"And most importantly, batik is the identity of Indonesia. Therefore, batik is a very powerful tool for cultural diplomacy," she highlighted in a statement received here on Monday.
Tanoesoedibjo explained that batik, which holds deep meaning in the lives of Indonesian people, has become everyday clothing for them, whether it comes to office attire, school uniforms, or official events.
In addition, batik has several cultural influences, ranging from Arabic calligraphy, and European flowers, to Chinese phoenixes in its patterns, she informed.
At a webinar held by the Indonesian Women Entrepreneurs Association (IWAPI), themed “The Role of Women Exploration in Spatial Planning and a Piece of Batik,” she said that the livelihoods of more than three thousand micro, small, and medium enterprises (MSMEs) depend on batik.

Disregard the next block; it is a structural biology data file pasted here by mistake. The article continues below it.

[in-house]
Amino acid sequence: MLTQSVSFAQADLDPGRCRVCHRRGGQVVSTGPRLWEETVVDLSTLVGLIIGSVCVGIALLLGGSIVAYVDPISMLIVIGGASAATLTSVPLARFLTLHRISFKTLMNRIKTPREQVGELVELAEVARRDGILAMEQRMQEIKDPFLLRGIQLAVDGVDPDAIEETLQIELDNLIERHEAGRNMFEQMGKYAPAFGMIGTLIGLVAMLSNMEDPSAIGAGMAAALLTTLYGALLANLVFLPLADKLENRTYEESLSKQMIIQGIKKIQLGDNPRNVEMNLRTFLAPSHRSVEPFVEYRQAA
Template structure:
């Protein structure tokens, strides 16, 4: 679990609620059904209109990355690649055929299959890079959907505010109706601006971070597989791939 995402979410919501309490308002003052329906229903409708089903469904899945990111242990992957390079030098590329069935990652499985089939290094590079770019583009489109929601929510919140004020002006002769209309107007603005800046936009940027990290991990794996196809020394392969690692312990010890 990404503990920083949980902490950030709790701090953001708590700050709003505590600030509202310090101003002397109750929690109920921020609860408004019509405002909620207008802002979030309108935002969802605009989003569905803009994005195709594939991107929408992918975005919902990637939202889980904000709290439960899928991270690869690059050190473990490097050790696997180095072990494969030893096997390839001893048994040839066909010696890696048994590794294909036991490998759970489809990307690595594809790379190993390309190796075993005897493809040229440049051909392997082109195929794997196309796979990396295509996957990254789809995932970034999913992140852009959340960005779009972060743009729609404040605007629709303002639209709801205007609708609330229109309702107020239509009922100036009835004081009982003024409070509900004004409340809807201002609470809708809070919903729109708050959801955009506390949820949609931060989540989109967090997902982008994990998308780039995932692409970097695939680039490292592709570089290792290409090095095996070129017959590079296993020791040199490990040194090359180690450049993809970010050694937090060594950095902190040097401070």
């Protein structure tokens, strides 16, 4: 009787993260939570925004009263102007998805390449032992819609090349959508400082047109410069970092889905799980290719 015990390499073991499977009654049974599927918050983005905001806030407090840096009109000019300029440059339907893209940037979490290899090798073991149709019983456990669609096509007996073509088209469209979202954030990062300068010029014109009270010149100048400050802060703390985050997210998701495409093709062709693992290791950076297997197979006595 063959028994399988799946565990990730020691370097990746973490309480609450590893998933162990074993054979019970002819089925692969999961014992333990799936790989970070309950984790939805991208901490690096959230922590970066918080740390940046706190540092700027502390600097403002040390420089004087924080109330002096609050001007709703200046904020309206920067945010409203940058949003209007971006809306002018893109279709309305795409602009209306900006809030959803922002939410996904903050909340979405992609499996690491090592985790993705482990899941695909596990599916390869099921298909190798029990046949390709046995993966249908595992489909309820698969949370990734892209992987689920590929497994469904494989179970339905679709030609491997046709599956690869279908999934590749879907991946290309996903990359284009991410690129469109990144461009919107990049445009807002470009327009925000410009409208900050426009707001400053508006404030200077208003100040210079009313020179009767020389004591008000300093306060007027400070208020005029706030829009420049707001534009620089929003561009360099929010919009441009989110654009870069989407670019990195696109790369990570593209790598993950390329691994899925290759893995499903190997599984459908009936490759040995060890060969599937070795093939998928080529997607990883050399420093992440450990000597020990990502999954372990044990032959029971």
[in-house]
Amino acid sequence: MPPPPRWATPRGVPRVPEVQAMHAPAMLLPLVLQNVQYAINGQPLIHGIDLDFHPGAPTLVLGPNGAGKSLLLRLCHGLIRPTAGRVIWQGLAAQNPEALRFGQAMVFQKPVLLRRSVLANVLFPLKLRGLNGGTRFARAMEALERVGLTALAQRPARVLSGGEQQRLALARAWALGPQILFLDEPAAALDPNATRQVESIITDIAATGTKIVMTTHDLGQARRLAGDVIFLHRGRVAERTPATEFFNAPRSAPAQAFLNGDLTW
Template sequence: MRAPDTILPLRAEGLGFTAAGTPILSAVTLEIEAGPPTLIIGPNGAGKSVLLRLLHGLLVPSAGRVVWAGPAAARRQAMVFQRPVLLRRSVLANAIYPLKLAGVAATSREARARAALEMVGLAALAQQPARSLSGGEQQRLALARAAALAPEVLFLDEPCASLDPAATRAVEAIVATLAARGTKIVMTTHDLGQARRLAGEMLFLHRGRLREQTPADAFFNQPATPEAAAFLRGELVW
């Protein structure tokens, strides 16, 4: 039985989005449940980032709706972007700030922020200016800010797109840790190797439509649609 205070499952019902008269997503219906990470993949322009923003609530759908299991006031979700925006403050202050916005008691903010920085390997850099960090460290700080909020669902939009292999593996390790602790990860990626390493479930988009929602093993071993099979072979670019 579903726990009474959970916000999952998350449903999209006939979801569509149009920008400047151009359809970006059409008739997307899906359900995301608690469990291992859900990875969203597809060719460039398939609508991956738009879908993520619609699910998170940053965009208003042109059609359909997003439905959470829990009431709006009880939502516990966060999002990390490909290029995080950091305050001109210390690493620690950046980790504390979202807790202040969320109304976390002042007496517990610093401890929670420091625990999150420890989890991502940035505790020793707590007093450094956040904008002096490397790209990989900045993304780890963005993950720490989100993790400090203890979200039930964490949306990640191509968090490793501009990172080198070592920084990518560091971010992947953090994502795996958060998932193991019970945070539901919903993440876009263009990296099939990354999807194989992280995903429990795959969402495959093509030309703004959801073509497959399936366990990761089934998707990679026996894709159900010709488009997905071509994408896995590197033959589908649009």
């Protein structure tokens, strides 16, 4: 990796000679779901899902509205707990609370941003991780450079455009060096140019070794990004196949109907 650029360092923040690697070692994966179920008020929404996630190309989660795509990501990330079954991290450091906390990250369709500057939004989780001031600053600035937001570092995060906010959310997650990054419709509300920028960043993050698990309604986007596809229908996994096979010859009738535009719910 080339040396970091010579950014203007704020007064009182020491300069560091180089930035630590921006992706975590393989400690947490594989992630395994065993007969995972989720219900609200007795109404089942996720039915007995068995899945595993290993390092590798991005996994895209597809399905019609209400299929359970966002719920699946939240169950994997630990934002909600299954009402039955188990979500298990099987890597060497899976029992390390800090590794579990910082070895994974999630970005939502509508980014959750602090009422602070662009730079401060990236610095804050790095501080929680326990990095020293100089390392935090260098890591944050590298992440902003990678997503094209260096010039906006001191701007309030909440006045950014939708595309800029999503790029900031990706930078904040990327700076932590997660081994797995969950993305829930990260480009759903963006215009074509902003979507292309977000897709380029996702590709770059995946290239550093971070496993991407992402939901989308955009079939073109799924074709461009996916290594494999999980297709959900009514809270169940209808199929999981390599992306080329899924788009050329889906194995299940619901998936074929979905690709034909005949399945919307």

"This shows that batik actually supports economic development in the country," she said, adding that the potential for developing the batik business is still wide open.
Moreover, the consumption of local products and brands has increased since the government implemented a campaign called the National Movement of Proud of Made in Indonesia (Gernas BBI) to help MSMEs penetrate the digital market and attract people to domestic products, she added.
According to her, the batik business should not only focus on selling batik fabric, but also various types of products, such as jackets, bags, and blankets.
Moreover, activities related to batik can also be offered at tourist attractions. For example, the Giriloyo Batik Tourism Village in Bantul, Yogyakarta, has succeeded in bringing in nearly four thousand foreign tourists and domestic tourists each month.
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